Why the Huawei Scandal Will Reignite the US-China Trade War

Now, a new report published this afternoon by The Wall Street Journal, reveals that Federal prosecutors are planning to start a criminal investigation of Huawei because of its alleged theft of T-Mobile's tech secrets.

However, Huawei noted that "Huawei and T-Mobile settled their disputes in 2017 following a USA jury verdict finding neither damage, unjust enrichment nor willful and malicious conduct by Huawei in T-Mobile's trade secret claim".

The Wall Street Journal writes that the investigation arose from a 2014 civil case in which T-Mobile sued Huawei for gaining access to one of the carrier's labs and taking unauthorized pictures of a smartphone testing robot called "Tappy", which is created to simulate the touch of a human finger.

An indictment could come soon, the Journal added.

Emily Langlie, a spokeswoman for the US Attorney's office in Seattle, declined to comment, as did a spokesman for Huawei.

The U.S. probe into Huawei includes allegations by T-Mobile in a 2014 lawsuit that it stole information, according to the person familiar with the matter.

Although Huawei lost the case, the jury reportedly didn't find Huawei's misappropriation as "willful and malicious" as T-Mobile alleged.

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The latest allegation could deepen the trade rift between China and the United States and put further pressure on Huawei, which is at the centre of suspicions that its equipment allows China to monitor sensitive communications.

A bipartisan group of legislators in the United States has introduced bills that would prohibit the sale of U.S. chips or other components to Chinese telecommunications companies that violate Washington's sanctions or export control laws.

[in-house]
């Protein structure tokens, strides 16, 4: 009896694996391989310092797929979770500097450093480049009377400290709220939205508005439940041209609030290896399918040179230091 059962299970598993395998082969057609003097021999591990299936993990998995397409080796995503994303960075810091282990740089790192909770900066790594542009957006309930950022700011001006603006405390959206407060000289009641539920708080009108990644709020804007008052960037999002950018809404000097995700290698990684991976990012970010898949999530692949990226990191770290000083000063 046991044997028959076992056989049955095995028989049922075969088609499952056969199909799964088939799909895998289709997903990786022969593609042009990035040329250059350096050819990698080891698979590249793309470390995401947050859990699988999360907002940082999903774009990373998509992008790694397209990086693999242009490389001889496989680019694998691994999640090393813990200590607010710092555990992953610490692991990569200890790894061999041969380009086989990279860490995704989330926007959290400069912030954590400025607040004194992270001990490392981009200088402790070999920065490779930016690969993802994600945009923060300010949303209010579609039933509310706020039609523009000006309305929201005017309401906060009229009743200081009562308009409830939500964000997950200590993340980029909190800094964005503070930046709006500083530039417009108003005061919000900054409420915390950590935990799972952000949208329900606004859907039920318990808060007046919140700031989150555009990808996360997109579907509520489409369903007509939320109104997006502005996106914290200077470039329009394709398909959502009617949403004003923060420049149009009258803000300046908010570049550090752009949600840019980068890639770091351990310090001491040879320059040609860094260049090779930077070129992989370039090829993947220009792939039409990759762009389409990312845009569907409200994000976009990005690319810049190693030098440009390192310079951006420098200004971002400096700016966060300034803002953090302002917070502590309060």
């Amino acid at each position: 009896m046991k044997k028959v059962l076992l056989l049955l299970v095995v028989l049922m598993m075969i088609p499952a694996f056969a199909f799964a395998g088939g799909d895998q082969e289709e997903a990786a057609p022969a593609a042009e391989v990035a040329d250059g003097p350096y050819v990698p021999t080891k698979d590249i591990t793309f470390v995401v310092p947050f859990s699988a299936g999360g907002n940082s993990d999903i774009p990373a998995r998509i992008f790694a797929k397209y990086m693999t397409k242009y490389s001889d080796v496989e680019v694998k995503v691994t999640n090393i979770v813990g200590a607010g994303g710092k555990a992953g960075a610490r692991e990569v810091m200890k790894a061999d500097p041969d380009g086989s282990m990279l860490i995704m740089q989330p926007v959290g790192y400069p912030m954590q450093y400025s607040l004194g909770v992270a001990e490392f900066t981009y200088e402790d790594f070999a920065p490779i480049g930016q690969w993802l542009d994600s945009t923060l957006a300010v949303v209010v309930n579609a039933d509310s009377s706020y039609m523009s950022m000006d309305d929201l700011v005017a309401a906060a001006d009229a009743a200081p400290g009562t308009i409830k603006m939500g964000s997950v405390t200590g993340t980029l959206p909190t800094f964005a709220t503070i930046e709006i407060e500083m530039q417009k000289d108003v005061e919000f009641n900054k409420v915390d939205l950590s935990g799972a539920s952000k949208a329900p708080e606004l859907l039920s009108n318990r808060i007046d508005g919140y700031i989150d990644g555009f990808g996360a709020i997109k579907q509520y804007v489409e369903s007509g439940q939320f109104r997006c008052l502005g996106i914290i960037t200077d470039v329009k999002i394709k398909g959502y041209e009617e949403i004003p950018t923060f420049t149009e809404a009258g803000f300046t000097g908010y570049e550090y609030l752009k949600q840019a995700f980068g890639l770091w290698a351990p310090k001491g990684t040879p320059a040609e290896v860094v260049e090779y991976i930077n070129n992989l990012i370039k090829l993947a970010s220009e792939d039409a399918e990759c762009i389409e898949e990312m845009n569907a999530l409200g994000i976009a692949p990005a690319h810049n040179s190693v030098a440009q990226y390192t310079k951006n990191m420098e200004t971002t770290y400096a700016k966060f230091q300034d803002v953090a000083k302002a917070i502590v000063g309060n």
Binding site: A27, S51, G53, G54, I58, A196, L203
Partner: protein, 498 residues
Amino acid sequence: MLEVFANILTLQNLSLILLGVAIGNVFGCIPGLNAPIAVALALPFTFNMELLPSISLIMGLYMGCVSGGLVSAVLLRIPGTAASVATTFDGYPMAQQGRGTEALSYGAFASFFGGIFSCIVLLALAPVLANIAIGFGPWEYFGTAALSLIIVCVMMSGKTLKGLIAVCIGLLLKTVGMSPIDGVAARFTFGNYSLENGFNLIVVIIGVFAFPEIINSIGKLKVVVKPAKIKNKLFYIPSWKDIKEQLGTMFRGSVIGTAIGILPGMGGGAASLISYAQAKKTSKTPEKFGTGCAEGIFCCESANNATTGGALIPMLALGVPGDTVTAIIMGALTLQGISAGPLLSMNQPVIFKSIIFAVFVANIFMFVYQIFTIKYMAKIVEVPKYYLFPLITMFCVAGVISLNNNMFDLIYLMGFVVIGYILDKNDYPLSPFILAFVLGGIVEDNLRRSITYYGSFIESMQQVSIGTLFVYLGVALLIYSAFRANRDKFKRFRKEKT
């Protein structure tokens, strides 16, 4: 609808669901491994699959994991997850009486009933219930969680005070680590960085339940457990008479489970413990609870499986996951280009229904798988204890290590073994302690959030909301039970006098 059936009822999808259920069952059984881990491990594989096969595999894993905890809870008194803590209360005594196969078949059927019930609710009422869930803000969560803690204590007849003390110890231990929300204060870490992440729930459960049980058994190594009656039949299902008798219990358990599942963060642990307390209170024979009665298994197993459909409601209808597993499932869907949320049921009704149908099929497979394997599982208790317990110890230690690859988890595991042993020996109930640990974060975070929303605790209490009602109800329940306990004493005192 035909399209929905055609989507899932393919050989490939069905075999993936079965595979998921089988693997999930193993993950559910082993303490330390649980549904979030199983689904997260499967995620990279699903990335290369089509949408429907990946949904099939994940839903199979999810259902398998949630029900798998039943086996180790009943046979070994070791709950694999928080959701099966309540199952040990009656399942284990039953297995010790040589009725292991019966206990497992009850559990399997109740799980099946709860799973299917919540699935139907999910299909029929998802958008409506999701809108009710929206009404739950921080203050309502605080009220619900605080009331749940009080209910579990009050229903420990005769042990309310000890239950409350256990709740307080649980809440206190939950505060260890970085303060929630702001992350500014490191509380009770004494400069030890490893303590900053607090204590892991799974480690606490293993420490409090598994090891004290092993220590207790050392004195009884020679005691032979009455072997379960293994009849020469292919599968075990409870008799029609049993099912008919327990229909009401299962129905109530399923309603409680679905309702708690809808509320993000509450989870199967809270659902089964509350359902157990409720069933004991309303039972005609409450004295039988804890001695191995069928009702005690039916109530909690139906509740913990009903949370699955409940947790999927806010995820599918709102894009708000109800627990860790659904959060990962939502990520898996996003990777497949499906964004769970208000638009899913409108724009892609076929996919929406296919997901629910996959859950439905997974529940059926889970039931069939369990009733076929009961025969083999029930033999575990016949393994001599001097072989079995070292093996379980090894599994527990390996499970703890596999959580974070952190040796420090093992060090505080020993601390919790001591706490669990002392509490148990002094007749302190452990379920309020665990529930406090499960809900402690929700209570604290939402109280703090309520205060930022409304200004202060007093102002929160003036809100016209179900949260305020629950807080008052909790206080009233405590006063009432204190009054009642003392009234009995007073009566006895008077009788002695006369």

Senators from the United States introduced the Telecommunications Denial Order Enforcement Act, which prohibits the export of parts of U.S. technology to Chinese telecommunications companies. Meng is facing charges in the USA related to possible violations of trade sanctions on Iran.

"Huawei is effectively an intelligence-gathering arm of the Chinese Communist Party whose founder and CEO was an engineer for the People's Liberation Army", Cotton wrote in a statement.

It may not be spying for the Chinese government but it could be spying on other companies for its own gain.

Huawei is the world's largest maker of telecommunications equipment and considered a "national champion" in China. Huawei also maintains it was an isolated incident that involved two employees who acted inappropriately. As part of the agreement, the USA lifted a ban in place since April that prevented ZTE from buying the US components it heavily relies on to make smartphones and other devices.

  • Darren Santiago